'Slumdog Millionaire' Fans, Here Are Five Great (Real) Bollywood Films

The Oscar-winning movie was great, but here's a primer on some real Indian films.

Oscar champion "Slumdog Millionaire" is hardly a Bollywood movie. In fact, it bears none of the telltale Bollywood film characteristics. It's dark and gritty. There are no love triangles or exaggerated theatrical monologues. The characters do not escape to the majesty of the Swiss Alps for elaborate, innuendo-filled dance numbers. In fact, the film's sole nod to the Indian film industry remains the dance number in Mumbai's Victoria Station during the closing credits.

But that sequence has legs! You can see more non-Indians attempt to "Light-bulb" to [url id="http://moviesblog.mtv.com/2008/12/29/dont-sleep-on-slumdog-millionaire-composer-mia-collaborator-ar-rahman/"]A.R. Rahman's "Jai Ho"[/url] lately than ever before. Bollywood choreography is appearing everywhere from "Ellen" to E!'s entire Oscar red-carpet cast and crew. It looks like America is ready to start watching some real Indian cinema, and since that's quite a large category to tackle, here's a little primer for Bollywood beginners:

Bollywood Stars

Amitabh Bachchan: Yes, this is the actor whose autograph little Jamal pays quite a high (gross) price for in "Slumdog." If you were able to genetically combine Anthony Hopkins, Marlon Brando and Sean Connery into one being and add a dash of Liberace to the mix, you would get someone who would resemble the now almost 70-year-old Bachchan. He is the end-all, be-all of Indian cinema and has been for over three decades.

Aishwarya Rai: Staring into her eyes is something like gazing into Bambi's. Julia Roberts deemed her the most beautiful woman in the world, and Time named her among the "100 Most Influential People in the World" in 2004. (And you can now see her in theaters in "The Pink Panther 2," sadly.) She married Amitabh Bachchan's son, actor Abhishek Bachchan, and today they make up the Holy Trinity of Bollywood.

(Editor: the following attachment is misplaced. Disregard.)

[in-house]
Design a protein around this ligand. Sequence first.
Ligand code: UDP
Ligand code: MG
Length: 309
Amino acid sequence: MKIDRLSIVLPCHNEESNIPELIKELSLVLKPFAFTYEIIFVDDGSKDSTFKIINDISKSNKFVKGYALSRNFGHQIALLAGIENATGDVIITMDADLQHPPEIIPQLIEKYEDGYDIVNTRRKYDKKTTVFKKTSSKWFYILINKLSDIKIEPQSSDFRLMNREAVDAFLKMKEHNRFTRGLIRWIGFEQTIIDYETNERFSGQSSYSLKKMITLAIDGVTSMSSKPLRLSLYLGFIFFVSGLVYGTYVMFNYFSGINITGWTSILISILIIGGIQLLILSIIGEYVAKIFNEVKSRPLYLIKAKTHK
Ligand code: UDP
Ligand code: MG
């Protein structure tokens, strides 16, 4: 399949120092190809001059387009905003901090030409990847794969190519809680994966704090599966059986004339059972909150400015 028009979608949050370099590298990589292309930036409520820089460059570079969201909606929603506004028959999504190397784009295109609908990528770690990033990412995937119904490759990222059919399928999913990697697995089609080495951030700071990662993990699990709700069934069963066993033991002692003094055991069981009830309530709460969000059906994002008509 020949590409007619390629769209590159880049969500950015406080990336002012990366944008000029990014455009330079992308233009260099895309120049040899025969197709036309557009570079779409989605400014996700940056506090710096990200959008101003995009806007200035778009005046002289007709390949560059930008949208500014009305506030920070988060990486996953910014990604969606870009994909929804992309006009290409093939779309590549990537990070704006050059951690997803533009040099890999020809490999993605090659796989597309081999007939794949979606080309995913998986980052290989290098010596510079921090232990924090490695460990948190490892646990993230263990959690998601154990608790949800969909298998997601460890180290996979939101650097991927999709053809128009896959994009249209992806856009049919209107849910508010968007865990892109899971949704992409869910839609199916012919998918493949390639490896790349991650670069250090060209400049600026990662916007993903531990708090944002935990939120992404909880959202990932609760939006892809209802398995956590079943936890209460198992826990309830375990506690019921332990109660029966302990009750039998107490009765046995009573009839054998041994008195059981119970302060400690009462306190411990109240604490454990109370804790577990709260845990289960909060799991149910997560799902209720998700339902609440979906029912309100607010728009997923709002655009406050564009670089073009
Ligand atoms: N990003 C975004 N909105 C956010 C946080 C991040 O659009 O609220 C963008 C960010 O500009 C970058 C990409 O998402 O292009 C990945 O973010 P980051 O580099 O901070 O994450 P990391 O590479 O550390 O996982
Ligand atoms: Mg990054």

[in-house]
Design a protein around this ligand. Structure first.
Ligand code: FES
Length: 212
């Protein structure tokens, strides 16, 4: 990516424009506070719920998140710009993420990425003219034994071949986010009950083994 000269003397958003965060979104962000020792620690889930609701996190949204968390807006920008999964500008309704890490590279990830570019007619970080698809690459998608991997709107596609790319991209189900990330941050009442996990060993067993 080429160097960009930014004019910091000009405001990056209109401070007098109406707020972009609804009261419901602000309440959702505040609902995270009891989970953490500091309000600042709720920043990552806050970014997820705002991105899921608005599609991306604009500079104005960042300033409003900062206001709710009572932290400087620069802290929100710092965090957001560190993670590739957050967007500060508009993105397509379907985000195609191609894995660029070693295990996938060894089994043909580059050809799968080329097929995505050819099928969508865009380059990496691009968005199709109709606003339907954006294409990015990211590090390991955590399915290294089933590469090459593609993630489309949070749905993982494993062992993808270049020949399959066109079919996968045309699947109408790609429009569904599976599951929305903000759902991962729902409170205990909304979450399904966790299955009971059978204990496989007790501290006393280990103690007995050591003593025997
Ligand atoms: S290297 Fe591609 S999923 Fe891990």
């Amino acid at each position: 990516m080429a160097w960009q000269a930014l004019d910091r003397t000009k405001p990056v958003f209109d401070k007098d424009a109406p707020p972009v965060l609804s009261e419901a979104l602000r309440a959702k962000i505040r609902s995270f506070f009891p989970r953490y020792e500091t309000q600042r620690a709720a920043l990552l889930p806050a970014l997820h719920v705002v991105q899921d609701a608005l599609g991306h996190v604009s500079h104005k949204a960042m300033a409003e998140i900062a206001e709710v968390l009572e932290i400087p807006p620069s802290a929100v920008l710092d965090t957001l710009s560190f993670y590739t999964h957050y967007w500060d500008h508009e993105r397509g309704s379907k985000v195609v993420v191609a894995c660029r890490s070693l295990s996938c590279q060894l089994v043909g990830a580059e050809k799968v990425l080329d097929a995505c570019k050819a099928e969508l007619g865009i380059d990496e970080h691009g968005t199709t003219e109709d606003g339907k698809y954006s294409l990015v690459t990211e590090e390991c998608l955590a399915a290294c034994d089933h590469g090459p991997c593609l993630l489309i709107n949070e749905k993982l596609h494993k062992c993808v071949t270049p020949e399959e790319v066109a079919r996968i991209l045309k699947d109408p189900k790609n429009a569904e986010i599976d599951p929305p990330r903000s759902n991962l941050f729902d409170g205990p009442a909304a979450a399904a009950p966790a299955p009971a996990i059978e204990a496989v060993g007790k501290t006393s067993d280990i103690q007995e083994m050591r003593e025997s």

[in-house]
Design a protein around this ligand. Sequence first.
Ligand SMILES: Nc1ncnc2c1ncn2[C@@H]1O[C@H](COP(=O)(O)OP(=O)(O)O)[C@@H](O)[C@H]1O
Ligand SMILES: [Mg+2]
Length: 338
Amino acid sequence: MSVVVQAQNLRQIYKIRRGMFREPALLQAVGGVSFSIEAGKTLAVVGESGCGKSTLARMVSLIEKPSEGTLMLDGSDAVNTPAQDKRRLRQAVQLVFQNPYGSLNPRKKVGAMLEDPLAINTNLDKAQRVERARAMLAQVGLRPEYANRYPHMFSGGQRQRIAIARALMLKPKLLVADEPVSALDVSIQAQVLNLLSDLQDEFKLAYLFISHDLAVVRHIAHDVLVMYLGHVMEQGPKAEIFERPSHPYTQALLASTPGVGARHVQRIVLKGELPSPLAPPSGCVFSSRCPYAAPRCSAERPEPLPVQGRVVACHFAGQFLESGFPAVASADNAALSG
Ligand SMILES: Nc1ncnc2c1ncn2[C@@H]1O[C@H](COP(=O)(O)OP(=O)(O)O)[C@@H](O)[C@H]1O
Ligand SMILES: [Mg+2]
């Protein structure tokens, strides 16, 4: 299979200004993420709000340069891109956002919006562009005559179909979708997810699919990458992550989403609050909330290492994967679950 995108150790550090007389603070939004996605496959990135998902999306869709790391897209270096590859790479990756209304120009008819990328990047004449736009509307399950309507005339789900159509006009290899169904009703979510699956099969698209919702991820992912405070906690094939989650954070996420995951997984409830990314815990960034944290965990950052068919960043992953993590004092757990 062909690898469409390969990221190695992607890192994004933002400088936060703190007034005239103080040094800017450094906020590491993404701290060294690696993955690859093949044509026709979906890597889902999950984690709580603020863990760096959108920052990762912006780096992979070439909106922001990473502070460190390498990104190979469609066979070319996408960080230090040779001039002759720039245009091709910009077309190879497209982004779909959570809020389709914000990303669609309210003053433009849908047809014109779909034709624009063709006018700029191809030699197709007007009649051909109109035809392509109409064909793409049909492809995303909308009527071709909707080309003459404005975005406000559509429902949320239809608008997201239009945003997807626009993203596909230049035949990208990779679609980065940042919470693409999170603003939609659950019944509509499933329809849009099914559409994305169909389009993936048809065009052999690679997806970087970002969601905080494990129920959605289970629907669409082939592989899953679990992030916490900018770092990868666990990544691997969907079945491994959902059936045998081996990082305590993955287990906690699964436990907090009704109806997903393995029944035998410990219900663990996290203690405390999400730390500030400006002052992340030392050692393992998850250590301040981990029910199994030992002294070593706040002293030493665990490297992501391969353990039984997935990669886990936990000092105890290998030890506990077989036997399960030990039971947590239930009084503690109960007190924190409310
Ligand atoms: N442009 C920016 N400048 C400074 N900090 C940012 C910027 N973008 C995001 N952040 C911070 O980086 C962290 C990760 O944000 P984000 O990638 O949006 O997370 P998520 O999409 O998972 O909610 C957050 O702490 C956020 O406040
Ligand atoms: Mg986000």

Shahrukh Khan: Many of you may recall a dashing gent onstage with "Slumdog" actress Freida Pinto during the Golden Globes, who said that he might get thrown out if he broke out into dance. That's Shahrukh Khan. He's kind of like India's Tom Cruise, minus the Scientology and Oprah couch outbursts. He's easily one of the most bankable stars, equally as effective in playing the hero and even deadlier is the maniacal villain. "Baazigar" is an amazing film of his. Check it out.

Deepika Padukone: She's easily one of the prettiest women on the planet, but to her credit her acting chops have taken her far beyond being just another Indian model-turned-actress. She is today's It girl.

Bollywood Movies

Bollywood fans are among the more die hard on earth and surely some are not going to feel like this list adequately represents the sentiments of the Global Desi population, but here goes:

"Sholay" (1975): Amitabh Bachchan's hit movie still remains the "Citizen Kane" of Indian cinema, a must-see for anyone looking to get down with Bollywood. Knowing this film will get you mad props.

"Lagaan" (2001): Aamir Khan's Oscar-nominated movie is about a colonial Indian village's fight against the British: a war waged in the only true battlefield — a cricket pitch. Trust me. It's good.

"Bandit Queen" (1994): Director Shekhar Kapur ("Elizabeth," "The Four Feathers") tells the true story of one of India's most influential terrorists, who then became a politician. Yes, this really happened.

"Dil Chahta Hai" (2001): A coming of age story of three best buds. It's kind of like "Stand by Me" meets "Love Actually," except without any dead bodies or Christmas spirit, if that makes any sense. Still, it made me want to hug all of my friends and take a trip to Goa, which is paradise if you haven't been.

"Black" (2005): Easily one of the more ambitious Indian movies ever made, "Black" tells the tale of a deaf, mute, blind girl who weathers a dark reality. Rani Mukherjee attempts something apparently never done before by an Indian actress, and Amitabh Bachchan brings his own special, often exaggerated, weight to the project.

So, there you have it. Now, go get your Desi swag on. Jai ho!

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